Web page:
1. aks

          Agreed. That's why I always make the extension visible. I don't identify the object type by its icon but alwyas by the extension. I also diable all types of autorun.

          1. Doctor Syntax Silver badge

            Is there any OS other than Windows that can make the extension invisible?

            1. PerlyKing Silver badge

              Invisible extensions

              MacOS sometimes hides file extensions, but I've never figured out when it will and when it won't. The default seems to be to show them, or that may be some setting I clicked on years ago.

              I'd be extremely surprised if there isn't a way to hide file extensions in many Linux file managers.

            2. Steve Graham

              The traditional Unix way of handling files was to ignore all aspects of the name, including anything which comes after a dot (which is just another arbitrary character, except when it's . or ..). A file's "type" was deduced by "magic" (essentially its fingerprint), if required.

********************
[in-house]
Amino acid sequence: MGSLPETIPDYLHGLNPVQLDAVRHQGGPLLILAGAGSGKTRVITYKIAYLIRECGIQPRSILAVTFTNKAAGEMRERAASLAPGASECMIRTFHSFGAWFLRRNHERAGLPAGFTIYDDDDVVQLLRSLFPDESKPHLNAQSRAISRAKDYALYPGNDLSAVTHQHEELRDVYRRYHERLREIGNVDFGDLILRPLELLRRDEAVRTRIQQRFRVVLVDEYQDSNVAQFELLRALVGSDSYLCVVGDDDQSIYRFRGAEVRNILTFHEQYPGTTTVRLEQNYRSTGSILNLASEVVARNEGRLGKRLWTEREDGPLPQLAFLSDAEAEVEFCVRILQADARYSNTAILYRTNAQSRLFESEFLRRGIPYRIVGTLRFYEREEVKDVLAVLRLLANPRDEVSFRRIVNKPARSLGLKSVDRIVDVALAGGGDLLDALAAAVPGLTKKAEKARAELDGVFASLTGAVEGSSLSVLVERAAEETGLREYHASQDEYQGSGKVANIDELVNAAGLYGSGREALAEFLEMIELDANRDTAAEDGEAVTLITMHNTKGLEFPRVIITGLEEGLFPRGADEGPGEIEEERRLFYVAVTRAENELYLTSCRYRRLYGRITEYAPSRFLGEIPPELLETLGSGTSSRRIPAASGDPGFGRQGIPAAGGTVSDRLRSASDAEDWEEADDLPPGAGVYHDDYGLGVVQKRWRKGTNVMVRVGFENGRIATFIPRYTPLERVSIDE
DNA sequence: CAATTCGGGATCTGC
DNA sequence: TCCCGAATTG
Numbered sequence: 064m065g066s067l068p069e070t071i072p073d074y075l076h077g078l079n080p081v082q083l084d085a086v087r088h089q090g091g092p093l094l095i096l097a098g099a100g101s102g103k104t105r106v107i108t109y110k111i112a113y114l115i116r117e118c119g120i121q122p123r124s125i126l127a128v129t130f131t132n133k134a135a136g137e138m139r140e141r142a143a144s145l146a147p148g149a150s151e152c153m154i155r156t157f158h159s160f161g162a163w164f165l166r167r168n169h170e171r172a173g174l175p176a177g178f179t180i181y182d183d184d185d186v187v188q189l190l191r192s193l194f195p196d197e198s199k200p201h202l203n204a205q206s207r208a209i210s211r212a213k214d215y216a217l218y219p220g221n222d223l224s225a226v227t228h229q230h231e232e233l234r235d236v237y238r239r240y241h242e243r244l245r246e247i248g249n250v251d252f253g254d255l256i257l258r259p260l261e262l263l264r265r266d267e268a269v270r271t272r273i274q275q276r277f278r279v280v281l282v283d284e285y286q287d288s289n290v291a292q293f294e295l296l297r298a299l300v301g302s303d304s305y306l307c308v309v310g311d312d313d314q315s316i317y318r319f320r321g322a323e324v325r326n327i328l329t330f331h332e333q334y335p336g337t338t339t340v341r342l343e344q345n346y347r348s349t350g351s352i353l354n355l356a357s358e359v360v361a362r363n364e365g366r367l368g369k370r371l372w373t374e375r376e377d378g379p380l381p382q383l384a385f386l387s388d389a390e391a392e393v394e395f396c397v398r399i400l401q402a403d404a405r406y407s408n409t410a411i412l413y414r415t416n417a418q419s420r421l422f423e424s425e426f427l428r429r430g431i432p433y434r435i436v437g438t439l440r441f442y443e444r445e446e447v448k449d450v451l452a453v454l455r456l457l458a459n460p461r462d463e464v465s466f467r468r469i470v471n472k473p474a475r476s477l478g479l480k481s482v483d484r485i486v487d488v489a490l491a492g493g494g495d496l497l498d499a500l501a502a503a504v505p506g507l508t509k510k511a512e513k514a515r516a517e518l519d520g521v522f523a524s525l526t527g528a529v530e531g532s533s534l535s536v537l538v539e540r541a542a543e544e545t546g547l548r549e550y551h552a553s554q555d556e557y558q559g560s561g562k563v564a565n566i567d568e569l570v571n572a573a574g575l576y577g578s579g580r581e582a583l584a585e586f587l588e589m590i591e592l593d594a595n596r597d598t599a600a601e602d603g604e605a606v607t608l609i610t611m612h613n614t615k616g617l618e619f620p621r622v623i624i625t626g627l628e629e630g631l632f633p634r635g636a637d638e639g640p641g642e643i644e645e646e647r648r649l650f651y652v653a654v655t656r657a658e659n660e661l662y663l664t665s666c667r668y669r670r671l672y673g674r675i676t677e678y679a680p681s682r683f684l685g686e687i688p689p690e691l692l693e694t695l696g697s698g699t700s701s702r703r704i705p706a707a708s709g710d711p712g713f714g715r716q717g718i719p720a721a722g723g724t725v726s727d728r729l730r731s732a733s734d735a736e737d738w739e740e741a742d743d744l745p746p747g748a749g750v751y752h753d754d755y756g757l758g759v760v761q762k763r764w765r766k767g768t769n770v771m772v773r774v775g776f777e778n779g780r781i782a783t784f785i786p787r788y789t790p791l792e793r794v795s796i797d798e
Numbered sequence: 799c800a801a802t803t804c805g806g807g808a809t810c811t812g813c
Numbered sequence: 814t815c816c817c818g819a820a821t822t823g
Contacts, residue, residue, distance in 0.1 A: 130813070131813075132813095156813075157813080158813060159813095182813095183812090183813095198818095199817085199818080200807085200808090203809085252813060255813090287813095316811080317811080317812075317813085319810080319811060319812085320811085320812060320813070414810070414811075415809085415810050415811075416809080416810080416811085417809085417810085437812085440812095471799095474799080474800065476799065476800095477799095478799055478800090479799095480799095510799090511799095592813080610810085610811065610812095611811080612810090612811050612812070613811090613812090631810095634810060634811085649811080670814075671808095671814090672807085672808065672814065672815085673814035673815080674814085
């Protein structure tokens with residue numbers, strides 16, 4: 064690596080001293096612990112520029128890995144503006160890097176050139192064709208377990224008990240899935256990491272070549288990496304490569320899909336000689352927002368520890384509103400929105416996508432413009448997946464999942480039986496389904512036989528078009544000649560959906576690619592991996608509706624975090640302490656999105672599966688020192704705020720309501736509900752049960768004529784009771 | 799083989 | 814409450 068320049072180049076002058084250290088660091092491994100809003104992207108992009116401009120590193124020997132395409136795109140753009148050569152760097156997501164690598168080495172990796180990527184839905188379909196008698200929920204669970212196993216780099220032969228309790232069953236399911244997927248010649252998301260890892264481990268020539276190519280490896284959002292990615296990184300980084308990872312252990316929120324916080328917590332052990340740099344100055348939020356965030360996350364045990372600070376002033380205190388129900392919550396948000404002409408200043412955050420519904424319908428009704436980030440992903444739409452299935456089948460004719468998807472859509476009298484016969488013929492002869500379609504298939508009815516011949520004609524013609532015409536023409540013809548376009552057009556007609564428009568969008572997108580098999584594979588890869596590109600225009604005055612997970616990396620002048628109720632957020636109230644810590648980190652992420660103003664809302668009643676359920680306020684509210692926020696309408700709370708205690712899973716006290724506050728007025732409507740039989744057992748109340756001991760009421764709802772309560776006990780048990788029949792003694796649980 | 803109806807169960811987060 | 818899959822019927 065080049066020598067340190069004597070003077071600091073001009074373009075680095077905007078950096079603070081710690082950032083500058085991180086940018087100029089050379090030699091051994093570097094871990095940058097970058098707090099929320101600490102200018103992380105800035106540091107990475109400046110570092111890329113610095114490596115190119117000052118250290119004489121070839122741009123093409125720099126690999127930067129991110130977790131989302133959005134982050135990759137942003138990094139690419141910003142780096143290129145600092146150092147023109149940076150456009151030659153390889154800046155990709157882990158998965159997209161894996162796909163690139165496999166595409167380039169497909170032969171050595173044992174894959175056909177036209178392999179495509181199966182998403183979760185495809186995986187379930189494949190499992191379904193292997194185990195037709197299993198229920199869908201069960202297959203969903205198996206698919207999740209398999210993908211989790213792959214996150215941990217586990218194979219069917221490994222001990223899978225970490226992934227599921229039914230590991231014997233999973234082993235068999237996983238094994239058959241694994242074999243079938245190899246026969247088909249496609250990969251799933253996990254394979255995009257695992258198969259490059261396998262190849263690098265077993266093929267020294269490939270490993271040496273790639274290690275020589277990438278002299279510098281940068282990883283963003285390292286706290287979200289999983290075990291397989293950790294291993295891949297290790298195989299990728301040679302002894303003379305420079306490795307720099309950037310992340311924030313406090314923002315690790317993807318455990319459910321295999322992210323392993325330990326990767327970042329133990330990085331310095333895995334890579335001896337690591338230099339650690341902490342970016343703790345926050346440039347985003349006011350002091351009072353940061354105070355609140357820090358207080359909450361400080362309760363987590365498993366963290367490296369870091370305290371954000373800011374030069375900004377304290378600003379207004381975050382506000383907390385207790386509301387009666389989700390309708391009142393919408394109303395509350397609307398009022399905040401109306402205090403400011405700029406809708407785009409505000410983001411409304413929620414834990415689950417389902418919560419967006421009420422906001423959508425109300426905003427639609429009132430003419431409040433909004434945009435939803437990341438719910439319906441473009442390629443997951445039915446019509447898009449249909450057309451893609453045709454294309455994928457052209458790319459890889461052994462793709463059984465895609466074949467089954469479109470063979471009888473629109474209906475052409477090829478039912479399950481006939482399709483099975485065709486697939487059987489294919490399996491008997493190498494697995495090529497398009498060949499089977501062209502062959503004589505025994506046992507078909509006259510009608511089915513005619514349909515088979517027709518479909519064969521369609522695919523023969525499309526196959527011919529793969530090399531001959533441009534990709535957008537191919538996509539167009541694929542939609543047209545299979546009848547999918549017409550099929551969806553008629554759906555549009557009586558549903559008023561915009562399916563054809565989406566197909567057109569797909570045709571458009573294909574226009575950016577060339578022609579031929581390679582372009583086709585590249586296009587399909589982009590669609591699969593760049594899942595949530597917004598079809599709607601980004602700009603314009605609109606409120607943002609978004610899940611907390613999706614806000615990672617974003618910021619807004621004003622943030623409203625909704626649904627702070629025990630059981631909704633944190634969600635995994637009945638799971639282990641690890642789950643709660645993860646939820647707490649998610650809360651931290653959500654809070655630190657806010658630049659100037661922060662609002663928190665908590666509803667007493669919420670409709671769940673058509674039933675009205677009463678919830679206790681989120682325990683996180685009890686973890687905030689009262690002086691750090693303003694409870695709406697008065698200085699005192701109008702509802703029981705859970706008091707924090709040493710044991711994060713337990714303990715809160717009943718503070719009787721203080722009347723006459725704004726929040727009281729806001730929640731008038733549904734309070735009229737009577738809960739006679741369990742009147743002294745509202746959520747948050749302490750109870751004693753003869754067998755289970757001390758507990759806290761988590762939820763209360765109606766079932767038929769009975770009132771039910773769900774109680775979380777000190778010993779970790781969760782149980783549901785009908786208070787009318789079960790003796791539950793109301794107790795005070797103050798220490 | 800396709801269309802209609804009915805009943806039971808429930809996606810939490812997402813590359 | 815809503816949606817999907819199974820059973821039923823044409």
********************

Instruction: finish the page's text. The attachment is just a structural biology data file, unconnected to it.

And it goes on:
Unfortunately, the Windows convention has infected much software.

              1. Charles 9 Silver badge

                Trouble is, it's getting trickier to tell files apart by magic numbers. For example, how do you tell an ODF ePUB, or CBZ apart when magic numbers identify ALL of them as ZIPs?

                1. John Brown (no body) Silver badge

                  "Trouble is, it's getting trickier to tell files apart by magic numbers. For example, how do you tell an ODF ePUB, or CBZ apart when magic numbers identify ALL of them as ZIPs?"

                  I just tested with an imported Excel .xlsx file. KDE Plasma desktop sees it as a spreadsheet. Removing the extension and letting KDE try to detect it and it sees it as a Zip archive. Maybe it's time for *nix desktops and filemanagers to look inside these Zip-mangled files a bit deeper simply because these files actually ARE Zip files until you open and extract them with the relevant program. The fairly simple MSOffice spreadsheet contains 8 xml files and 2 .rels files across 5 folders/directories when opened as a Zip file in Ark.

            3. Anonymous Coward
              Anonymous Coward

              "Is there any OS other than Windows that can make the extension invisible?"

              I think it's the file manager that does it, not the OS. I think Dolphin can do it. Thinking about it, I think every file manager I've seen in the last 20 years can do it.

            4. Fred Flintstone Gold badge

              In MacOS you have a tickbox "Show all filename extensions" in Finder - Preferences - Advanced which is (if I recall correctly) by default unticked. I don't know this for sure because I always want to see them so that's been on from the day I started with MacOS.